The day will come when you will no longer be at the helm of your business, perhaps because of unfavourable economic times, or because you’re ready to move on to a different phase of life. If you decide not to sell your business or pass it along to a family member, then you will probably want to close it. Closing down a business isn’t as simple as flipping a sign in the window and hauling out all your belongings, as you’ll need an effective plan to wind things up as efficiently as possible.
Take a look at the following tips so that you can close up shop efficiently and without stress:
1. Communicate Your Closure
If you are an employer, then you probably have ongoing obligations to your employees– suchas Pay As You Go (PAYG) withholding payments, Fringe Benefits Tax (FBT), Superannuation, and Eligible Termination Payments (ETP) – as well as moral obligation to give your staff fair warning that they’ll need to find another job. Additionally, customers and suppliers need to be warned as well, so that you can begin making arrangements for any final payments.
2. Deal With Taxes and Permits
Before you can officially close, you must deal with any remaining tax obligations, and cancel any licenses or permits. Your business or trading name can also be cancelled at the Australian Securities and Investments Commission (ASIC) website, and you can deregister your company there as well. Go to the ATO website for information on cancelling your ABN, GST, and all other tax registrations. One thing you will want to keep going until your doors officially close, however, is your business insurance policy.
3. Take Care of Premise and Leasing Responsibilities
If you are renting or leasing, then you may still be liable for your payments, even if your business closes before the end of the term of the agreement. To get around this, you can try to get the lease transferred to a new tenant before you close up.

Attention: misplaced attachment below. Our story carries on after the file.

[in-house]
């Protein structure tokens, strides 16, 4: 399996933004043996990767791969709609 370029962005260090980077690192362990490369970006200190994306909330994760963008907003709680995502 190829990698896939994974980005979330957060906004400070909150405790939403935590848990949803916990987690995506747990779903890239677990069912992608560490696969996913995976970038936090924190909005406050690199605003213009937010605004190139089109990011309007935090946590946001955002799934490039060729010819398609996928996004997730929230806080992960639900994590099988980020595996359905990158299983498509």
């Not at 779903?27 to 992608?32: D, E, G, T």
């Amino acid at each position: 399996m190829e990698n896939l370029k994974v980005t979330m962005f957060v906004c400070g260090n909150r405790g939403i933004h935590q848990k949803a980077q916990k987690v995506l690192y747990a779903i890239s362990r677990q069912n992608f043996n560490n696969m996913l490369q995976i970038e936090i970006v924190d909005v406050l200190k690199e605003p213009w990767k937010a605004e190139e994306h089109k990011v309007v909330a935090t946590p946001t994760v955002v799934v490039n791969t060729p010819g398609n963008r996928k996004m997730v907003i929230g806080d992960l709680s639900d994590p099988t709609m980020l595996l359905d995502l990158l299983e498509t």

4. Wrap Up Your Finances
To wrap up your finances, start with calling in any debts that are owed to you. The easiest way to do this is to hire debt collectors who will do the job for you to ensure a quick response. Next, start closing your business bank accounts, and selling off your products. If you want, you can even choose to liquidate, if you want to get help selling off all your business assets.
If you are closing because of financial troubles, then you will still have to liquidate, only, it will be compulsory for wrapping up your debts properly. If you don’t, then one day, you could get served a Director Penalty Notice, which would make you personally responsible for your company’s tax debt.
Additionally, if you cease trading and you have outstanding creditors, then they will also pursue you for payments. So the only effective way to safeguard yourself from personal financial troubles, after your business is closed, is to put the company into liquidation and let the liquidator deal with creditors instead.
5. Maintain Your Records
You’re not finished yet! By law, you are still required to maintain your tax and employment records for another 3-7 years following closure. So make sure you hold onto these if you are ever audited, or if you need them for your personal finances.